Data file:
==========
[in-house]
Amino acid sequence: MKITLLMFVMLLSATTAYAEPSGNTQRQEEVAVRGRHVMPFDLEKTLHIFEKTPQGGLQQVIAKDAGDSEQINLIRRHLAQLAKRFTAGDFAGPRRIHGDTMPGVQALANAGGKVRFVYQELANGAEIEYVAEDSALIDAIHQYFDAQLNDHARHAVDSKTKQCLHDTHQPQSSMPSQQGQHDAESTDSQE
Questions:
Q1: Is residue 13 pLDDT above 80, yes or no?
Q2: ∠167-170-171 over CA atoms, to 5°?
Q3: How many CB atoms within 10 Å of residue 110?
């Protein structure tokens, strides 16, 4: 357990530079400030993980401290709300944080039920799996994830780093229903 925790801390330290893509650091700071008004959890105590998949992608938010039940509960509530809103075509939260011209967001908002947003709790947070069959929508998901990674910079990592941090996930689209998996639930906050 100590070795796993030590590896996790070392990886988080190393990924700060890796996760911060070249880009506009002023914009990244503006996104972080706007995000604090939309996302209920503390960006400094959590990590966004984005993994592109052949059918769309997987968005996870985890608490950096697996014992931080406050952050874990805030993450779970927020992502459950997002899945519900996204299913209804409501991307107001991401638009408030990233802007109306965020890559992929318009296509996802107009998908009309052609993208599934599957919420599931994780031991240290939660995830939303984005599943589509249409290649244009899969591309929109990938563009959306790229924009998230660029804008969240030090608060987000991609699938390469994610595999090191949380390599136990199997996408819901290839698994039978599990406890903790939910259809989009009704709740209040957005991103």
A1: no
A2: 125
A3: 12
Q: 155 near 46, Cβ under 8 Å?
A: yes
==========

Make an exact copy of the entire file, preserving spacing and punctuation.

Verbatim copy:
[in-house]
Amino acid sequence: MKITLLMFVMLLSATTAYAEPSGNTQRQEEVAVRGRHVMPFDLEKTLHIFEKTPQGGLQQVIAKDAGDSEQINLIRRHLAQLAKRFTAGDFAGPRRIHGDTMPGVQALANAGGKVRFVYQELANGAEIEYVAEDSALIDAIHQYFDAQLNDHARHAVDSKTKQCLHDTHQPQSSMPSQQGQHDAESTDSQE
Questions:
Q1: Is residue 13 pLDDT above 80, yes or no?
Q2: ∠167-170-171 over CA atoms, to 5°?
Q3: How many CB atoms within 10 Å of residue 110?
């Protein structure tokens, strides 16, 4: 357990530079400030993980401290709300944080039920799996994830780093229903 925790801390330290893509650091700071008004959890105590998949992608938010039940509960509530809103075509939260011209967001908002947003709790947070069959929508998901990674910079990592941090996930689209998996639930906050 100590070795796993030590590896996790070392990886988080190393990924700060890796996760911060070249880009506009002023914009990244503006996104972080706007995000604090939309996302209920503390960006400094959590990590966004984005993994592109052949059918769309997987968005996870985890608490950096697996014992931080406050952050874990805030993450779970927020992502459950997002899945519900996204299913209804409501991307107001991401638009408030990233802007109306965020890559992929318009296509996802107009998908009309052609993208599934599957919420599931994780031991240290939660995830939303984005599943589509249409290649244009899969591309929109990938563009959306790229924009998230660029804008969240030090608060987000991609699938390469994610595999090191949380390599136990199997996408819901290839698994039978599990406890903790939910259809989009009704709740209040957005991103």
A1: no
A2: 125
A3: 12
Q: 155 near 46, Cβ under 8 Å?
A: yes